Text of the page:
April 27, 2018
by Karen Kacir
Cision just published its 2018 Global State of the Media Report, a survey of more than 1,300 journalists’ perceptions of the media and communications industries. Participants shared their thoughts on how communications professionals can craft pitches and press releases that won’t get ignored, the perceived trustworthiness of PR content and much more.
You can download the full report on Cision’s website. Here are some highlights:
July 17, 2015
by Kim Stangle
Depending on your age, you may know actor Alan Alda from his notable role on “M*A*S*H” – or more recently – “The Blacklist” or “30 Rock.” I think he has one of the most recognizable voices in television and movies. But, it wasn’t until today while listening to a few minutes of his interview on NPR’s The Diane Rehm Show that I learned he’s also a visiting instructor at a center bearing his name: the Alan Alda Center for Communicating Science at Stony Brook University.
As longtime host of “Scientific American Frontiers” on PBS, Alda’s love of science has been at the forefront, but it’s his desire to help scientists and researchers better tell their stories that I find so fascinating. He told Rehm during the interview about “The Sagan Effect,” which generally describes the biased perception by some that the better you are at communicating science the worse you are at actually being a scientist.
Can you imagine being punished for being an effective communicator for your industry? It’s our job as communicators to break down the most complex information and make it simple. And, that’s exactly what Alda and faculty are teaching at the Center. Through courses ranging from Improv for Scientists to Writing to be Understood, they’re training the next generation of scientists to communicate more effectively.
Emmys and Golden Globes aside, Alan Alda’s contribution to communication deserves the highest honor.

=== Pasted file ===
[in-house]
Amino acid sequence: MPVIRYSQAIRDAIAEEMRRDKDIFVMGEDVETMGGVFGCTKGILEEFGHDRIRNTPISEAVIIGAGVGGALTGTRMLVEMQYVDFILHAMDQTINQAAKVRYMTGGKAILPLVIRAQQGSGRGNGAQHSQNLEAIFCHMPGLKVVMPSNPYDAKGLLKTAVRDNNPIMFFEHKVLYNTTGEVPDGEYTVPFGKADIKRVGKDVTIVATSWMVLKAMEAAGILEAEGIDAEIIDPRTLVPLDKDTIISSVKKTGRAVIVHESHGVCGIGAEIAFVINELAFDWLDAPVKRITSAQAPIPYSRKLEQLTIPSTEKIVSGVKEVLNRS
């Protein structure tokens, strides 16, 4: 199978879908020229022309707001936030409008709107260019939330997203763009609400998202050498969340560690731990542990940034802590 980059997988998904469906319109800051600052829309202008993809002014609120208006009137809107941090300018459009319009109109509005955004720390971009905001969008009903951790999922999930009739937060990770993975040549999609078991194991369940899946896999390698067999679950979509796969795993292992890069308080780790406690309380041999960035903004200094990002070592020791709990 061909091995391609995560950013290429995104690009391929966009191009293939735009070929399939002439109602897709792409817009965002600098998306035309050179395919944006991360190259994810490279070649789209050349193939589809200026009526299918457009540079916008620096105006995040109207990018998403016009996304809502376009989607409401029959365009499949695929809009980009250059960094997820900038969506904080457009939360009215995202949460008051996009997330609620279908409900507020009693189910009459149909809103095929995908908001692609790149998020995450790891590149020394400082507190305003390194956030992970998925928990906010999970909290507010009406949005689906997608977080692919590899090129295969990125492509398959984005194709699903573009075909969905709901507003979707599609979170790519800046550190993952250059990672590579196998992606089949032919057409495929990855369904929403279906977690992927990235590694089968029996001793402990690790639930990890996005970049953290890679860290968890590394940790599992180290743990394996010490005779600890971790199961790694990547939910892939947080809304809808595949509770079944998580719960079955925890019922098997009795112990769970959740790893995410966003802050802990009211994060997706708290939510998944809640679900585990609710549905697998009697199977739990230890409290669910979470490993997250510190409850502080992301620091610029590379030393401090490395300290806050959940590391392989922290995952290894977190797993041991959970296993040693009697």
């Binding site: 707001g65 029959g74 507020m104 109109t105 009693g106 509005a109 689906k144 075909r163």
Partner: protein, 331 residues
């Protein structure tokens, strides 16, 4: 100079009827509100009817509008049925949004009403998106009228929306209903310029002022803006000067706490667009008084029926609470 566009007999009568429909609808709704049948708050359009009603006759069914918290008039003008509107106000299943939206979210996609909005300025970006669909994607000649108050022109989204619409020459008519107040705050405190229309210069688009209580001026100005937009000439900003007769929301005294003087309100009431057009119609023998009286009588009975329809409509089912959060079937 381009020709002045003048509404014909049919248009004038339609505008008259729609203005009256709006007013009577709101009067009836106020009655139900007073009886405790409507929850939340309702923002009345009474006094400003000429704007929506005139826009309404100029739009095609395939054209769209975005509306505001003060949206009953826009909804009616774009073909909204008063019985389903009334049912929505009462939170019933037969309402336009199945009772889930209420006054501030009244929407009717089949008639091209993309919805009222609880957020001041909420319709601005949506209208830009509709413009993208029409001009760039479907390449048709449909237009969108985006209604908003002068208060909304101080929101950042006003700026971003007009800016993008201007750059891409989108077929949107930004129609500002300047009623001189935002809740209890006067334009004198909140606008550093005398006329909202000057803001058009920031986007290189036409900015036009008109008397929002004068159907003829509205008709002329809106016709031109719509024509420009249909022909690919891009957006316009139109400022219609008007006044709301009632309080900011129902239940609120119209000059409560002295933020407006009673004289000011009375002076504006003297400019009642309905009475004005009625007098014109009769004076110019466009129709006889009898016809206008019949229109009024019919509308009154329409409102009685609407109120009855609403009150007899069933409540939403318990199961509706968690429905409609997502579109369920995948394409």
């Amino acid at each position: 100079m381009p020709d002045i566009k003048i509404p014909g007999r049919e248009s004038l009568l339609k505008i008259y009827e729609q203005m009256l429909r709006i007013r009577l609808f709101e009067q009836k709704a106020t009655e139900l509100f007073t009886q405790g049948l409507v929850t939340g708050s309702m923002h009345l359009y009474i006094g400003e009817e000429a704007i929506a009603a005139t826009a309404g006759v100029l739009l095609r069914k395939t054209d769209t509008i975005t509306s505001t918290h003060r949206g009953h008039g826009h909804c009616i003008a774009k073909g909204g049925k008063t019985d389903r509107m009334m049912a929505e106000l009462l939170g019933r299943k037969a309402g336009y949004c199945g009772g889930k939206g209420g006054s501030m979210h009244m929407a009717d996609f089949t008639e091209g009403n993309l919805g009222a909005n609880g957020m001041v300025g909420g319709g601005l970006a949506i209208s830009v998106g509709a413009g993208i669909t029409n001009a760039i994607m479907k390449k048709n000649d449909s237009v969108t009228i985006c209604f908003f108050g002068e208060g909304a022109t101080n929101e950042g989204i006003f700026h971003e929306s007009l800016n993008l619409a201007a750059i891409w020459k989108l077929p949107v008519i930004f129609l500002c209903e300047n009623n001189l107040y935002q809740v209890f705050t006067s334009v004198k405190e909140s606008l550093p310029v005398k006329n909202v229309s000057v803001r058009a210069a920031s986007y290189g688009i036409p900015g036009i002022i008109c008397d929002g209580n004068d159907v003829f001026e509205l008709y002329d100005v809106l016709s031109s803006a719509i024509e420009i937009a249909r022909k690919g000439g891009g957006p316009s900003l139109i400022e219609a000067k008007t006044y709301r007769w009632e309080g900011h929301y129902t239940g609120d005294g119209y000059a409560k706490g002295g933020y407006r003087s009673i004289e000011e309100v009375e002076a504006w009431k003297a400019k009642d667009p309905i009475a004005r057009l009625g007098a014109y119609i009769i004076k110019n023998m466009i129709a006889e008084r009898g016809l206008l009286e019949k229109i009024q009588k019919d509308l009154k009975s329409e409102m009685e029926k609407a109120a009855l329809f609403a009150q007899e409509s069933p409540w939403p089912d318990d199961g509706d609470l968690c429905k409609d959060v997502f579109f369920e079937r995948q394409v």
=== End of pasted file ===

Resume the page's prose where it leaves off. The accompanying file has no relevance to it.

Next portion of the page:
May 21, 2009
by Kim Taylor
Do you regularly spend weeks writing the content for your next big presentation and then wait until the night before to rehearse?
Do you know the difference between a transition and a ‘hot start’?
How about the importance of holding your gestures and keeping them ‘above the belt’ and outside the ‘breadbox’?
These are just a few of the things I learned while attending “Presenting with Impact & Influence” last week at the Academy of our affiliate, MS&L.
The stats were astonishing. When it comes to the 3 V’s of Effective Communications: Vocal, Visual and Verbal, we typically focus on the Verbal … the content of our presentation … yet, the Vocal and Visual are really what counts.
Try this exercise:
Say the heady words we all wait to hear: I Love You … and say it like you really mean it.
Now, say them again, but this time, say the word ‘love’ with doubt and questioning … I Love You?
The same result happens when you shift that doubt to the word ‘you.’
Same content, completely different meaning.
That exercise alone should help validate the importance of Visual and Vocal skills when presenting. Content still counts, but never underestimate the value of thoughtful gesturing, eye contact and replacing your ‘ums’ and ‘uhhs’ with silence.